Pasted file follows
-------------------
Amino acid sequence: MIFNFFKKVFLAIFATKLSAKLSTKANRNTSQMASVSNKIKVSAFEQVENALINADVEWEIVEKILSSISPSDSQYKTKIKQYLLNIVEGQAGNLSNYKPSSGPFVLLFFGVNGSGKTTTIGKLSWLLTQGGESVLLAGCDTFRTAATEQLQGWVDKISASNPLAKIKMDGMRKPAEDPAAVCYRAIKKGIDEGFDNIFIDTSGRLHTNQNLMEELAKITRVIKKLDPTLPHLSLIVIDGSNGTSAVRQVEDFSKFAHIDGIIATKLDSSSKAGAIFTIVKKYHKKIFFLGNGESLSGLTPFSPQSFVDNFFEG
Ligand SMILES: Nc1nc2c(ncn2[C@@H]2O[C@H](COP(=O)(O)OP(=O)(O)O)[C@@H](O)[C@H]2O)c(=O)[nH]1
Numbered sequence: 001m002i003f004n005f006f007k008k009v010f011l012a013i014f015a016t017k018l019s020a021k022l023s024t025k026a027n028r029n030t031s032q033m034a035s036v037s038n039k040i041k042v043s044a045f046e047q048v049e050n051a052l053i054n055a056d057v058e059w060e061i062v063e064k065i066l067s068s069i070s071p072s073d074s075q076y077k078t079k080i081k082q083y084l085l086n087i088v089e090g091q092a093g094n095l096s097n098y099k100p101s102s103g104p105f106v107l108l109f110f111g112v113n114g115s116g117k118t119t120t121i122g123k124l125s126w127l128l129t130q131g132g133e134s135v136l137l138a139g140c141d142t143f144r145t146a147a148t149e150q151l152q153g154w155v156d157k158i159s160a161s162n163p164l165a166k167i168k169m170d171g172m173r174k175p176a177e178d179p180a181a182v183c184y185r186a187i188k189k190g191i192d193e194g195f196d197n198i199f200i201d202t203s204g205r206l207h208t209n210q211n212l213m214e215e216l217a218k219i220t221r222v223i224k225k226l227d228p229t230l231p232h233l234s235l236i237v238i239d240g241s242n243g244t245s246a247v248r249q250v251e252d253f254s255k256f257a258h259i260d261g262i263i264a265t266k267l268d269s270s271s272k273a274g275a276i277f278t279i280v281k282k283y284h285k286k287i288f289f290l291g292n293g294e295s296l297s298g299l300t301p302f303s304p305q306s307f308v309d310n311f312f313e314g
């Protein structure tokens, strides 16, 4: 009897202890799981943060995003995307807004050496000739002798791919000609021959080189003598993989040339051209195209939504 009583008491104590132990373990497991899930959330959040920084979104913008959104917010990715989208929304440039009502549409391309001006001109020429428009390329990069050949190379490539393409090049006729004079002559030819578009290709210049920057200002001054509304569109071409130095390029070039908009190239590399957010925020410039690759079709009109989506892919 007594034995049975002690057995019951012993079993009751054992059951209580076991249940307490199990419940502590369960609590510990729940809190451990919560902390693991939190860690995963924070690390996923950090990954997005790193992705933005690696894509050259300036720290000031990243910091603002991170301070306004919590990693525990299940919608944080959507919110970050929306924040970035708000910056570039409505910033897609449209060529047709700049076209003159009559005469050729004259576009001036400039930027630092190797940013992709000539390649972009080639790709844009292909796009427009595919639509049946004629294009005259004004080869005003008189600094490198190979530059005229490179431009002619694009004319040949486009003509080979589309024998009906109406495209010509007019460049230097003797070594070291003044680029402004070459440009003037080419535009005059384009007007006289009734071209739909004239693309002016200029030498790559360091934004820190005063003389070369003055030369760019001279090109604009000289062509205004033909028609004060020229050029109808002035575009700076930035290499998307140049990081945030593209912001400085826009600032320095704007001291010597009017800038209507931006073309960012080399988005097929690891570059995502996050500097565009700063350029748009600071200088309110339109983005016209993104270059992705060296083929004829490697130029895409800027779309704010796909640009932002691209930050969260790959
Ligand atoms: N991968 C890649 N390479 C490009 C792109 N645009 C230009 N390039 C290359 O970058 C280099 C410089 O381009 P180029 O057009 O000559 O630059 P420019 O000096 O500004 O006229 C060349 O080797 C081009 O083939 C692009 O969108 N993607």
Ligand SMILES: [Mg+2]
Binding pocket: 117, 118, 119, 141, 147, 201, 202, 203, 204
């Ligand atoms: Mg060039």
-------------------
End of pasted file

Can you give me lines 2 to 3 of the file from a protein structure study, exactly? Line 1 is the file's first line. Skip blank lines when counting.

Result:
Ligand SMILES: Nc1nc2c(ncn2[C@@H]2O[C@H](COP(=O)(O)OP(=O)(O)O)[C@@H](O)[C@H]2O)c(=O)[nH]1
Numbered sequence: 001m002i003f004n005f006f007k008k009v010f011l012a013i014f015a016t017k018l019s020a021k022l023s024t025k026a027n028r029n030t031s032q033m034a035s036v037s038n039k040i041k042v043s044a045f046e047q048v049e050n051a052l053i054n055a056d057v058e059w060e061i062v063e064k065i066l067s068s069i070s071p072s073d074s075q076y077k078t079k080i081k082q083y084l085l086n087i088v089e090g091q092a093g094n095l096s097n098y099k100p101s102s103g104p105f106v107l108l109f110f111g112v113n114g115s116g117k118t119t120t121i122g123k124l125s126w127l128l129t130q131g132g133e134s135v136l137l138a139g140c141d142t143f144r145t146a147a148t149e150q151l152q153g154w155v156d157k158i159s160a161s162n163p164l165a166k167i168k169m170d171g172m173r174k175p176a177e178d179p180a181a182v183c184y185r186a187i188k189k190g191i192d193e194g195f196d197n198i199f200i201d202t203s204g205r206l207h208t209n210q211n212l213m214e215e216l217a218k219i220t221r222v223i224k225k226l227d228p229t230l231p232h233l234s235l236i237v238i239d240g241s242n243g244t245s246a247v248r249q250v251e252d253f254s255k256f257a258h259i260d261g262i263i264a265t266k267l268d269s270s271s272k273a274g275a276i277f278t279i280v281k282k283y284h285k286k287i288f289f290l291g292n293g294e295s296l297s298g299l300t301p302f303s304p305q306s307f308v309d310n311f312f313e314g